China’s activity data are expected to show a marked slowdown due to the slew of localized lockdown measures (very evident in the NBS and Caixing PMIs), as well as increasing disruption from Beijing’s array of regulatory interventions. Retail Sales are forecast to slow to just 7.0% y/y from 8.5%, while Industrial Production is seen at 5.8% y/y from 6.4%, and FAI at 9.0% y/y from 10.3%. Given Evergrande’s woes and an array of curbs on investment, the housing data will get more attention with Property Investment seen slowing to 11.3% y/y from 12.7%, and New Home Prices also likely to slow, amid anecdotal reports of very sharp falls in property sales. All of which, if correct, will only serve to exacerbate concerns that relying on China as a mainstay for global growth may prove to be a recipe for disappointment.

 

In the UK, the anecdotal evidence points to a strong labour report, with May-July Employment seen posting a rise of 199K and the ILO Unemployment Rate dipping to 4.6% from 4.7%, while the more timely August Claimant Count and HMRC Payrolls should also paint a picture of solid labour demand, notwithstanding chronic skills shortages and pingdemic effects. But the fact remains that there were still 1.6 Mln people on the furlough scheme in July, and when the scheme ends at the end of this month, there are still expected to be 1.0 Mln on it, suggesting Q4 may see a less propitious trend. Given that BoE governor Bailey admitted last week that the MPC was evenly split (4-4) at its August meeting on whether minimum conditions for a rate hike had been met, this week’s inflation data will be very closely watched. Very adverse base effects (with -0.4% m/m in August 2020 dropping out of the calculus) were always going to give CPI a big boost this month, and with the consensus looking for a robust 0.5% m/m increase, the y/y CPI rate appears set to jump to 2.9% for both headline and core vs. July’s 2.1% and 1.9%, with RPI seen jumping to 4.7% from 3.8%. PPI is expected to show some easing in m/m terms with Input prices seen up just 0.2% m/m (July 0.8%) and Output Prices up 0.4% m/m (July 0.6%), but with adverse base effects this would still see y/y rates rise to 10.3% and 5.4% respectively. Last but not least, Retail Sales are expected to recover 0.8% m/m after an unexpectedly sharp -2.5% m/m slide in July, which would continue to support the view that there is not a great deal of recovery momentum in personal consumption on the back of re-opening.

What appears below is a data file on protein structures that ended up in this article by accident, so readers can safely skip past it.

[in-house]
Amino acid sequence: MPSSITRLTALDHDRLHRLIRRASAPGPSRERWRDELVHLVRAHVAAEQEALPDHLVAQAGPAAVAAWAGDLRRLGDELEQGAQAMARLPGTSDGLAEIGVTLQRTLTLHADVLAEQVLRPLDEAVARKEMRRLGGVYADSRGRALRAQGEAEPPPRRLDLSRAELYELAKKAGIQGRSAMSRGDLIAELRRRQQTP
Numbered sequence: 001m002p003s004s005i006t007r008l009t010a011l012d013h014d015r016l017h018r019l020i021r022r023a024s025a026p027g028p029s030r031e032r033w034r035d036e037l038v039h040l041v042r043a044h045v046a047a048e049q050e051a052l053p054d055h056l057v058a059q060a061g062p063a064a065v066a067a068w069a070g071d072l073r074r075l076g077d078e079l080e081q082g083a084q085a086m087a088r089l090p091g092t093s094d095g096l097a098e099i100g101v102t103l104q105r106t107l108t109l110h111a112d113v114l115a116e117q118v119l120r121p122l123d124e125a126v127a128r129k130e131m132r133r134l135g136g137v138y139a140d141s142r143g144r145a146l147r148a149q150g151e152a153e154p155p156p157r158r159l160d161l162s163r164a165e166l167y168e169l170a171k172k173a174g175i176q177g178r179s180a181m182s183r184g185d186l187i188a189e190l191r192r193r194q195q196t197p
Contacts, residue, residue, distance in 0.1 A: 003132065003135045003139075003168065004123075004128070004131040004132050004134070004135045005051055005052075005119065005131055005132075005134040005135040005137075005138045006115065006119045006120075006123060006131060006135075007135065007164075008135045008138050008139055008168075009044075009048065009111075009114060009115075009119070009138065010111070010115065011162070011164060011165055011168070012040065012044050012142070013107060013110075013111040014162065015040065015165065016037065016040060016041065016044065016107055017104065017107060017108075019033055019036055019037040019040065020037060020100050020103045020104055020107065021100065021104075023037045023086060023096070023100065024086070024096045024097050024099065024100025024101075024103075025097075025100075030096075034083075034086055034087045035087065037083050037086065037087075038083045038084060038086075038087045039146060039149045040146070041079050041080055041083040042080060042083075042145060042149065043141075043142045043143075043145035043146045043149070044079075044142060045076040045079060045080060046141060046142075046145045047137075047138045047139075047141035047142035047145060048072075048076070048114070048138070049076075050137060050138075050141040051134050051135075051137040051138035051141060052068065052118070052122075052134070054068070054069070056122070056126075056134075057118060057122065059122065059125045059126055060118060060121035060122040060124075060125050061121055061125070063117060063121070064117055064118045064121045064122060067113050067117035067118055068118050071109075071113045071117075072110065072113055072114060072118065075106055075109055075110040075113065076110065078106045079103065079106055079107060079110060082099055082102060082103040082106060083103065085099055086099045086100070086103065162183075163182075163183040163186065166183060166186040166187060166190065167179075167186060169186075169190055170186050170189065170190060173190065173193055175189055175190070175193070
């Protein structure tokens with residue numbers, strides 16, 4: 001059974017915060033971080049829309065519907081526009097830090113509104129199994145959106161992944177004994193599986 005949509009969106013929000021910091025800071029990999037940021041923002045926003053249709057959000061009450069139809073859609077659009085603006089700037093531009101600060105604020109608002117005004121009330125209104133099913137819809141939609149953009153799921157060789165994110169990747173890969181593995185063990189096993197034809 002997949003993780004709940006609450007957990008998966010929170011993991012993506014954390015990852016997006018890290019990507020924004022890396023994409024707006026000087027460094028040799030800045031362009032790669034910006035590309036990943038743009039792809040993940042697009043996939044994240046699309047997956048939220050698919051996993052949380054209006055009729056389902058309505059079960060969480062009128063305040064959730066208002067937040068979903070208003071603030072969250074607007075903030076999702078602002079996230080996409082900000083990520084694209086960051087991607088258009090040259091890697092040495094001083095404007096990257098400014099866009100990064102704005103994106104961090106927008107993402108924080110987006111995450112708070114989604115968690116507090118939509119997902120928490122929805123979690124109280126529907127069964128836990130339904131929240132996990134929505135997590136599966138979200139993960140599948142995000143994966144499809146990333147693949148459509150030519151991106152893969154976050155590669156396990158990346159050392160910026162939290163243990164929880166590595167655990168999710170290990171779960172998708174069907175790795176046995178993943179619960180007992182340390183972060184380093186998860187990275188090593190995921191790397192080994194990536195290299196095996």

Elsewhere Japan looks to Private Machinery Orders, Trade, Q3 BSI survey and PPI, Canada awaits CPI and Manufacturing Sales, Australia has labour data long with Business and Consumer Confidence surveys, and New Zealand sees Q2 GDP, though the latter will eminently be viewed as very historical in light of the Q3 lockdown measures.

 

This week’s Apple annual new product event will as ever be a focal point, perhaps even more so after the app store ruling last week. Otherwise as noted, the corporate earnings run is seasonally light, with Bloomberg News identifying the following as likely to be among the highlights: Abcam, Ashtead Group, Believe, Industria de Diseno Textil, Fevertree Drinks, Kobe Bussan, Helvetia Holdings, JD Sports Fashion, Mediaset, Oracle, Park24, Premier Anti-Aging, Peugeot Invest, Restaurant Group, Rothschild & Co., S4 Capital, Top Glove and Trustpilot. 

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Risk Warning: Investments in Equities, Contracts for Difference (CFDs) in any instrument, Futures, Options, Derivatives and Foreign Exchange can fluctuate in value. Investors should therefore be aware that they may not realise the initial amount invested and may incur additional liabilities. These investments may be subject to above average financial risk of loss. Investors should consider their financial circumstances, investment experience and if it is appropriate to invest. If necessary, seek independent financial advice.

ADM Investor Services International Limited, registered in England No. 2547805, is authorised and regulated by the Financial Conduct Authority [FRN 148474] and is a member of the London Stock Exchange. Registered office: 3rd Floor, The Minster Building, 21 Mincing Lane, London EC3R 7AG.                  

A subsidiary of Archer Daniels Midland Company.